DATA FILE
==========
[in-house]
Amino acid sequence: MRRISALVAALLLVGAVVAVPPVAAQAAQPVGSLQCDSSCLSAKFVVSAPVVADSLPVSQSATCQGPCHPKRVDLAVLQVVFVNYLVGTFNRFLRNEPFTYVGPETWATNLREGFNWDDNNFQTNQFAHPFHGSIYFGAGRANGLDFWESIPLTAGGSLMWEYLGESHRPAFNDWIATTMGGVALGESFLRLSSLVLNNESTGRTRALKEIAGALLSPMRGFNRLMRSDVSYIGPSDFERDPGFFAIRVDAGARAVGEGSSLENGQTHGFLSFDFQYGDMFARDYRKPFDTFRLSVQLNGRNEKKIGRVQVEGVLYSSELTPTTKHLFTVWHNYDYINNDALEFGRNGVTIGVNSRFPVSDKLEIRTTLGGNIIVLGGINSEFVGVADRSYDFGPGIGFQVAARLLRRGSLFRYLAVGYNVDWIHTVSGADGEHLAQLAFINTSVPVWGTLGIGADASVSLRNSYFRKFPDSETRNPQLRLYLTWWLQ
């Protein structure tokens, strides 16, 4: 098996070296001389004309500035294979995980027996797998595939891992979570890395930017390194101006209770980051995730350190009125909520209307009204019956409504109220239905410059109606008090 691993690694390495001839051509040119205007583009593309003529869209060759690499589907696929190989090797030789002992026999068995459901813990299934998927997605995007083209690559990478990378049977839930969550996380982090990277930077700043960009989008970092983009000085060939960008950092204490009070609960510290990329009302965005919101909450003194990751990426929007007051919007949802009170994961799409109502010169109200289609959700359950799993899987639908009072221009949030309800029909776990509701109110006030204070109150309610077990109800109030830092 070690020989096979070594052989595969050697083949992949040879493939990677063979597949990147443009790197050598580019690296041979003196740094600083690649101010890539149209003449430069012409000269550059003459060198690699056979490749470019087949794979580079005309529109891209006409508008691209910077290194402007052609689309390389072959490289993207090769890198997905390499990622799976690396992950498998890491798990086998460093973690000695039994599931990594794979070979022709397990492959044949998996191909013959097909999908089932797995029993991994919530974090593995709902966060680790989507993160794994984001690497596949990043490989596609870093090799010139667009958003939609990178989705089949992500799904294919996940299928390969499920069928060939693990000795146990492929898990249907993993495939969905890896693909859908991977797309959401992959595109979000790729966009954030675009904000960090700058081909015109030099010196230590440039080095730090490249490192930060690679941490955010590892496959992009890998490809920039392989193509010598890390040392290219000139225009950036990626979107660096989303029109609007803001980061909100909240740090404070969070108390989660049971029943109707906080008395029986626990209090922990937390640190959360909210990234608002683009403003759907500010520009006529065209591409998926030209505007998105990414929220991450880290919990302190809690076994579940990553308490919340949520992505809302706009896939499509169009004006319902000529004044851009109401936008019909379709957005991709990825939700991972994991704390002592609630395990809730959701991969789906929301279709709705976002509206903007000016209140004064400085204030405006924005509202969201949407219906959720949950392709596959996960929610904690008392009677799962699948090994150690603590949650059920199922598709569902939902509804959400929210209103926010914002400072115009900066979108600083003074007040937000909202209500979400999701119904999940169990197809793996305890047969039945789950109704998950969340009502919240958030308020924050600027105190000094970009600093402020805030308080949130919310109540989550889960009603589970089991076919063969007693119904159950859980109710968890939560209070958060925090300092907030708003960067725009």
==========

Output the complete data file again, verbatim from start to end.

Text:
[in-house]
Amino acid sequence: MRRISALVAALLLVGAVVAVPPVAAQAAQPVGSLQCDSSCLSAKFVVSAPVVADSLPVSQSATCQGPCHPKRVDLAVLQVVFVNYLVGTFNRFLRNEPFTYVGPETWATNLREGFNWDDNNFQTNQFAHPFHGSIYFGAGRANGLDFWESIPLTAGGSLMWEYLGESHRPAFNDWIATTMGGVALGESFLRLSSLVLNNESTGRTRALKEIAGALLSPMRGFNRLMRSDVSYIGPSDFERDPGFFAIRVDAGARAVGEGSSLENGQTHGFLSFDFQYGDMFARDYRKPFDTFRLSVQLNGRNEKKIGRVQVEGVLYSSELTPTTKHLFTVWHNYDYINNDALEFGRNGVTIGVNSRFPVSDKLEIRTTLGGNIIVLGGINSEFVGVADRSYDFGPGIGFQVAARLLRRGSLFRYLAVGYNVDWIHTVSGADGEHLAQLAFINTSVPVWGTLGIGADASVSLRNSYFRKFPDSETRNPQLRLYLTWWLQ
């Protein structure tokens, strides 16, 4: 098996070296001389004309500035294979995980027996797998595939891992979570890395930017390194101006209770980051995730350190009125909520209307009204019956409504109220239905410059109606008090 691993690694390495001839051509040119205007583009593309003529869209060759690499589907696929190989090797030789002992026999068995459901813990299934998927997605995007083209690559990478990378049977839930969550996380982090990277930077700043960009989008970092983009000085060939960008950092204490009070609960510290990329009302965005919101909450003194990751990426929007007051919007949802009170994961799409109502010169109200289609959700359950799993899987639908009072221009949030309800029909776990509701109110006030204070109150309610077990109800109030830092 070690020989096979070594052989595969050697083949992949040879493939990677063979597949990147443009790197050598580019690296041979003196740094600083690649101010890539149209003449430069012409000269550059003459060198690699056979490749470019087949794979580079005309529109891209006409508008691209910077290194402007052609689309390389072959490289993207090769890198997905390499990622799976690396992950498998890491798990086998460093973690000695039994599931990594794979070979022709397990492959044949998996191909013959097909999908089932797995029993991994919530974090593995709902966060680790989507993160794994984001690497596949990043490989596609870093090799010139667009958003939609990178989705089949992500799904294919996940299928390969499920069928060939693990000795146990492929898990249907993993495939969905890896693909859908991977797309959401992959595109979000790729966009954030675009904000960090700058081909015109030099010196230590440039080095730090490249490192930060690679941490955010590892496959992009890998490809920039392989193509010598890390040392290219000139225009950036990626979107660096989303029109609007803001980061909100909240740090404070969070108390989660049971029943109707906080008395029986626990209090922990937390640190959360909210990234608002683009403003759907500010520009006529065209591409998926030209505007998105990414929220991450880290919990302190809690076994579940990553308490919340949520992505809302706009896939499509169009004006319902000529004044851009109401936008019909379709957005991709990825939700991972994991704390002592609630395990809730959701991969789906929301279709709705976002509206903007000016209140004064400085204030405006924005509202969201949407219906959720949950392709596959996960929610904690008392009677799962699948090994150690603590949650059920199922598709569902939902509804959400929210209103926010914002400072115009900066979108600083003074007040937000909202209500979400999701119904999940169990197809793996305890047969039945789950109704998950969340009502919240958030308020924050600027105190000094970009600093402020805030308080949130919310109540989550889960009603589970089991076919063969007693119904159950859980109710968890939560209070958060925090300092907030708003960067725009």